Move over, breathalyser
Engineers at the University of California San Diego have developed a flexible wearable sensor that can accurately measure a person’s blood alcohol level from sweat and transmit the data wirelessly to a laptop, smartphone or other mobile device.
The device can be worn on the skin and could be used by doctors and police officers for continuous, non-invasive and real-time monitoring of blood alcohol content.
The device consists of a temporary tattoo – which sticks to the skin, induces sweat and electrochemically detects the alcohol level – and a portable flexible electronic circuit board, which is connected to the tattoo by a magnet and can communicate the information to a mobile device via Bluetooth.
The work, led by nano engineering professor Joseph Wang and electrical engineering professor Patrick Mercier, both at UC San Diego, was published recently in the journal ACS Sensors.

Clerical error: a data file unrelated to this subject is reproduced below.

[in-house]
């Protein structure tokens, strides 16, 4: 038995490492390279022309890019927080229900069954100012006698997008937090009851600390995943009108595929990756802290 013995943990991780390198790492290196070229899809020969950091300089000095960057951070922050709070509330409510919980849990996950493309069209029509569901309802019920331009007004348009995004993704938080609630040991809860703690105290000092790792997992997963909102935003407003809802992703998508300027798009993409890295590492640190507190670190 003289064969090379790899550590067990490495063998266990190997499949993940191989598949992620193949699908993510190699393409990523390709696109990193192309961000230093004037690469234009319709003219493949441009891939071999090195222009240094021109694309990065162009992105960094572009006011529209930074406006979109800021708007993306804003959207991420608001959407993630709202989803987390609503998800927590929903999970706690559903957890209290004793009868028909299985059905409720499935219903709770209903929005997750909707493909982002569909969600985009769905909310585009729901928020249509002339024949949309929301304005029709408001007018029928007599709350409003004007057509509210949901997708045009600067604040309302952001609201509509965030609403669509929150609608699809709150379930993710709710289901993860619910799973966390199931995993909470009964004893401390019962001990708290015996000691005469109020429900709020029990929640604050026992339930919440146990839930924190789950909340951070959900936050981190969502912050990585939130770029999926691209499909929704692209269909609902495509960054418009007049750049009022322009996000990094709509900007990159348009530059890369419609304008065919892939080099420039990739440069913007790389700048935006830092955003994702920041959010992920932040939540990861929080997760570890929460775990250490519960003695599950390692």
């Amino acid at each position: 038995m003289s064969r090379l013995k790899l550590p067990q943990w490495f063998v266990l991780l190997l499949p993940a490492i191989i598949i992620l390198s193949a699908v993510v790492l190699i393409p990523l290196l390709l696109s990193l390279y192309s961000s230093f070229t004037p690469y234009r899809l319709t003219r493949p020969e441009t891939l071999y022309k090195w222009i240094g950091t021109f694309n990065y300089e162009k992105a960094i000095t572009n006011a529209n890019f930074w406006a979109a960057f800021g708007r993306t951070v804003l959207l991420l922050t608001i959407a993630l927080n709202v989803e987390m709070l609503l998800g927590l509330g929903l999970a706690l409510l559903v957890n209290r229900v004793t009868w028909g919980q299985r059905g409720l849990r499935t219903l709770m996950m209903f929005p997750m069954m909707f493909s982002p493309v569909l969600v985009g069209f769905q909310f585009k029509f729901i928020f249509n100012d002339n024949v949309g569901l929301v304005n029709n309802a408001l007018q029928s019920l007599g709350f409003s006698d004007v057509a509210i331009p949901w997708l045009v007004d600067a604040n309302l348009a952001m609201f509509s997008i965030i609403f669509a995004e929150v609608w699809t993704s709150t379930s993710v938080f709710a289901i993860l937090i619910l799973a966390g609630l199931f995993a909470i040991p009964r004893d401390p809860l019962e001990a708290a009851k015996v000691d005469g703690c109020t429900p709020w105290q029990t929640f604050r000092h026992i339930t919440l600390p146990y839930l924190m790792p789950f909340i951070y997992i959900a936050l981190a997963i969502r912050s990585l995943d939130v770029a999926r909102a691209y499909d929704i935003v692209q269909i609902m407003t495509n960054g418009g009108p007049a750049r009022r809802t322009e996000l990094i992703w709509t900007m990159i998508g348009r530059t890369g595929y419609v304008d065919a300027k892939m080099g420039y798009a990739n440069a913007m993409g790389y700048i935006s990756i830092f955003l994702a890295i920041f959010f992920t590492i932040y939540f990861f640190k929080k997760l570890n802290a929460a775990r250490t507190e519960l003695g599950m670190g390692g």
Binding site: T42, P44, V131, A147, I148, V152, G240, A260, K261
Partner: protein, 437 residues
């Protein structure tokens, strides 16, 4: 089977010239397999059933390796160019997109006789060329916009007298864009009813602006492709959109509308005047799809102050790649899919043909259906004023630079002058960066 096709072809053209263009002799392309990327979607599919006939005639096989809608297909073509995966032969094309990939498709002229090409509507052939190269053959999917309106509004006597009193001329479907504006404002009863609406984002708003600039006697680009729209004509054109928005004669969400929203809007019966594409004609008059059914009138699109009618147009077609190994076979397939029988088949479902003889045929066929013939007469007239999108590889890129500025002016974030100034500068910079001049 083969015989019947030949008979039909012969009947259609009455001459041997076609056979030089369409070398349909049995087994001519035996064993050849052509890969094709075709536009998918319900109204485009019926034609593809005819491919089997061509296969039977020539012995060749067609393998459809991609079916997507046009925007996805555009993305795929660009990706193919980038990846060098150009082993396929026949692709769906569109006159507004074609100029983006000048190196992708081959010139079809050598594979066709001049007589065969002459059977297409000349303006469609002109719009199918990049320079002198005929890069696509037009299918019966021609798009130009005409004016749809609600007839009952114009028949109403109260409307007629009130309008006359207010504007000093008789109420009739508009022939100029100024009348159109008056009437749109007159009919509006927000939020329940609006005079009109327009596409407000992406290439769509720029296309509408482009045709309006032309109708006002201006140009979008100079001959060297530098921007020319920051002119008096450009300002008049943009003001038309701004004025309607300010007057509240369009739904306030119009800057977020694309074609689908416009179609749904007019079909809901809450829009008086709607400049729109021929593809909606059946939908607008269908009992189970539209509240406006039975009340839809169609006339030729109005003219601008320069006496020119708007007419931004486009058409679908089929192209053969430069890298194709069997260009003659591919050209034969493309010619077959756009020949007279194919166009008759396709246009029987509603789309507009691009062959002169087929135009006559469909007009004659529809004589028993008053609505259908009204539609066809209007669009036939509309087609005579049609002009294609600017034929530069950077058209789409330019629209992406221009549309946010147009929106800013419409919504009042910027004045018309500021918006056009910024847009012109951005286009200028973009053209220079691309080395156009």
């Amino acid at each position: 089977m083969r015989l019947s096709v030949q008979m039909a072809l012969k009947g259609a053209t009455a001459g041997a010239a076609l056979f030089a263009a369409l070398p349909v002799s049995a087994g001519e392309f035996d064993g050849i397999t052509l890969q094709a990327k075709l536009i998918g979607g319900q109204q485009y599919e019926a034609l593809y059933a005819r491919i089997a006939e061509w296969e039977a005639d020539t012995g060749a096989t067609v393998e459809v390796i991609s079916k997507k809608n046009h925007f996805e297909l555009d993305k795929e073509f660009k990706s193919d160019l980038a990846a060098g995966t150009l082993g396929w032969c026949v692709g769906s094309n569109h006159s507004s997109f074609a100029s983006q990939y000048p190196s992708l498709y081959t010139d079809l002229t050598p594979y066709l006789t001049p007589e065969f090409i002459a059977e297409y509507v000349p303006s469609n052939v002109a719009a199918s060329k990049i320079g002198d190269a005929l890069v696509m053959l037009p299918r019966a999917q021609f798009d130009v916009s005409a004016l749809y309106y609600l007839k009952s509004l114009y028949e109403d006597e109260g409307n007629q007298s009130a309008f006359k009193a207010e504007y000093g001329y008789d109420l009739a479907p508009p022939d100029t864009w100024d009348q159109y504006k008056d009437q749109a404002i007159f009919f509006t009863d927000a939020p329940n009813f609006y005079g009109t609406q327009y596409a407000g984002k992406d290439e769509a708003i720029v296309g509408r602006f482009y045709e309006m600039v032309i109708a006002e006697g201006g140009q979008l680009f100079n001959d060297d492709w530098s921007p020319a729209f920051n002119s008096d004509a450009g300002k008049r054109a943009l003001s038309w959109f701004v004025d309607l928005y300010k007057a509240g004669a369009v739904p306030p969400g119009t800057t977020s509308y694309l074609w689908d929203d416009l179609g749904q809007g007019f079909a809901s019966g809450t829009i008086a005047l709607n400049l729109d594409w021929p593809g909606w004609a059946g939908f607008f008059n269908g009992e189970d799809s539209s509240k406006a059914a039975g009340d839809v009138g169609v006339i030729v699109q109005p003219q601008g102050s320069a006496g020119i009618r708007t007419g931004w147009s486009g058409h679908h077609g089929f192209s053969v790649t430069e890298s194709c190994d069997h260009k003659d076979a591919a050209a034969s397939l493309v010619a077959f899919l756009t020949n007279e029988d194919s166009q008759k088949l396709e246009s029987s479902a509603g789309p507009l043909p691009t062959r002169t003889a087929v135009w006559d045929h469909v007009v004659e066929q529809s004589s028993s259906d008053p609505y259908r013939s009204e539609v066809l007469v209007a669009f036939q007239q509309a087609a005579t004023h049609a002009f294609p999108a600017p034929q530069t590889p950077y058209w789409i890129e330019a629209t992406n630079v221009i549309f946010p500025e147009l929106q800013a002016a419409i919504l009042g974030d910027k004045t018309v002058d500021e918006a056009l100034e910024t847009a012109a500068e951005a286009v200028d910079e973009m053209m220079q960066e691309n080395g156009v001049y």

“Lots of accidents on the road are caused by drunk driving. This technology provides an accurate, convenient and quick way to monitor alcohol consumption to help prevent people from driving while intoxicated,” Wang said.
The device could be integrated with a car’s alcohol ignition interlocks, or friends could use it to check up on each other before handing over the car keys, he added.
“When you’re out at a party or at a bar, this sensor could send alerts to your phone to let you know how much you’ve been drinking,” said Jayoung Kim, a materials science and engineering PhD student in Wang’s group and one of the paper’s co-first authors.
Blood alcohol concentration is the most accurate indicator of a person’s alcohol level, but measuring it requires pricking a finger. Breathalysers, which are the most commonly used devices to indirectly estimate blood alcohol concentration, are non-invasive, but they can give false read-outs. (phys.org)